(RFE/RL) -- U.S. Secretary of State Hillary Clinton today recommitted the United States to the defense of Europe -- not from Russia, but with Russia, if Moscow is willing.
Speaking at France's Ecole Militaire in Paris, Clinton said that "important work remains unfinished," including what she called an incomplete transition to democracy in parts of Europe and Eurasia.
Clinton also said decades-old arms-control treaties were "fraying" and noted that in many places, "economic opportunity is still too narrow and shallow."
Security-wise, Clinton said new threats have emerged in Europe since the end of the Cold War that demand a new approach.
"New dangers have emerged such as global terrorism, including cyberterrorism and nuclear terrorism; climate change; global criminal networks that traffic in weapons, drugs, and people; threats to Europe's energy supply, which if exploited, could destabilize economies and stoke regional and even global conflict," she said.
Clinton's message to Europe was that helping keep the continent secure remains "an anchor of U.S. foreign policy." The only change, she said, is that Washington is now inviting Moscow to join that effort.
Reaching Out To Moscow
In the interest of U.S. and Russian cooperation, the secretary called on Moscow to put aside some of its differences with the West, specifically Moscow's objection to a missile shield for Europe, and its proposal to revise the Conventional Forces in Europe Treaty, which governs the presence of foreign troops in the continent.
She also sought to change Russia's mind about how it sees NATO and EU enlargement eastward, to include countries that were once part of Russia's self-defined sphere of influence.
"For years, Russia has expressed a sense of insecurity as NATO and the EU have expanded," she said. "But we strongly believe that the enlargement of both has increased security, stability, and prosperity across the continent and that this, in turn, has actually increased Russia's security and prosperity."
NATO, Clinton said, is looking to expand its own cooperation with Russia, including on missile defense.
Russia opposed the U.S. missile-defense program planned by former President George W. Bush, which called for missile batteries in Poland and radars in the Czech Republic. To Russia's relief, President Barack Obama has scrapped that plan in favor of a naval-based alternative.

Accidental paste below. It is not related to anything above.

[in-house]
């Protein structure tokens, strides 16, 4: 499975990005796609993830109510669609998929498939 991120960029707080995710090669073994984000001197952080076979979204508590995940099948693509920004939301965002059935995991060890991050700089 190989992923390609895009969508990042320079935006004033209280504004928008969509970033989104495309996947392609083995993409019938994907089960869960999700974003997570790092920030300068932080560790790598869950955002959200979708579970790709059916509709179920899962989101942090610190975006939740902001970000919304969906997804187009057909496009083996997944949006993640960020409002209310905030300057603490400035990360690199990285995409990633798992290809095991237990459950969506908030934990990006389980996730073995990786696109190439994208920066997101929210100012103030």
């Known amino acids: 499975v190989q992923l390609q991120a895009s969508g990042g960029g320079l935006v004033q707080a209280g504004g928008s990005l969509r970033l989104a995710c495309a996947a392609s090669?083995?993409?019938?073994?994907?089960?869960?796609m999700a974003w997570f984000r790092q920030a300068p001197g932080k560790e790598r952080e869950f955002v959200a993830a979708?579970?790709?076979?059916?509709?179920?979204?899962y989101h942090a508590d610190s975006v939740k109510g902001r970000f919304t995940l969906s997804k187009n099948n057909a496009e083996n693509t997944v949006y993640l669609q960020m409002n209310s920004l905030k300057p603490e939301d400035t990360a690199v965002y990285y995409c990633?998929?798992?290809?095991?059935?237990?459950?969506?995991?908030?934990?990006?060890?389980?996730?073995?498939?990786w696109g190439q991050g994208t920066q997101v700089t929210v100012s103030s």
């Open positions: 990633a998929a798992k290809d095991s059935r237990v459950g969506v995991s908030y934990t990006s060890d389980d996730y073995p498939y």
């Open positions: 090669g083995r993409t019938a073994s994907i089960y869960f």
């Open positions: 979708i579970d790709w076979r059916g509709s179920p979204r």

Moscow isn't entirely happy with that idea, either, but Clinton said the United States would like it to be on board. "We are very serious about exploring ways to cooperate with Russia to develop missile defenses that enhance the security of all of Europe, including Russia," she said.
The only critical note came when Clinton criticized Russia for its expansionist policies in Georgia, where it has claimed independence for two breakaway republics.
"We have repeatedly called on Russia to honor the terms of its cease-fire agreement with Georgia and we refuse to recognize Russia's claims of independence for Abkhazia and South Ossetia," Clinton said. "More broadly, we object to any spheres of influence claimed in Europe in which one country seeks to control another's future."
During a question-and-answer session after her speech, Clinton was asked about China's reluctance to impose further UN sanctions on Iran for resisting negotiations over its nuclear program. Clinton replied that if Iran becomes a nuclear-armed state, China risks an eventual threat to its supply of oil.
Clinton said she understood Beijing's reluctance to penalize Iran, which is one of China's chief suppliers of oil. But she said that if Iran ever developed nuclear weapons, it would destabilize the Persian Gulf, disrupting oil shipments from the entire region.
The United States, Britain, France, and Russia -- four of the five permanent members of the UN Security Council -- are considering new sanctions against Iran because of what they see as Tehran's persistent refusal to negotiate with them about its nuclear program.
China, the fifth permanent member of the council, has resisted the idea of sanctions. Because of its UN status, China can veto any effort to impose them on Iran.
Clinton said the international community is moving "away from the engagement track [and] forward on the pressure and sanctions track," and predicted that China will be "under a lot of pressure" to realize the risks of allowing Iran to acquire a nuclear weapon.
with agency reports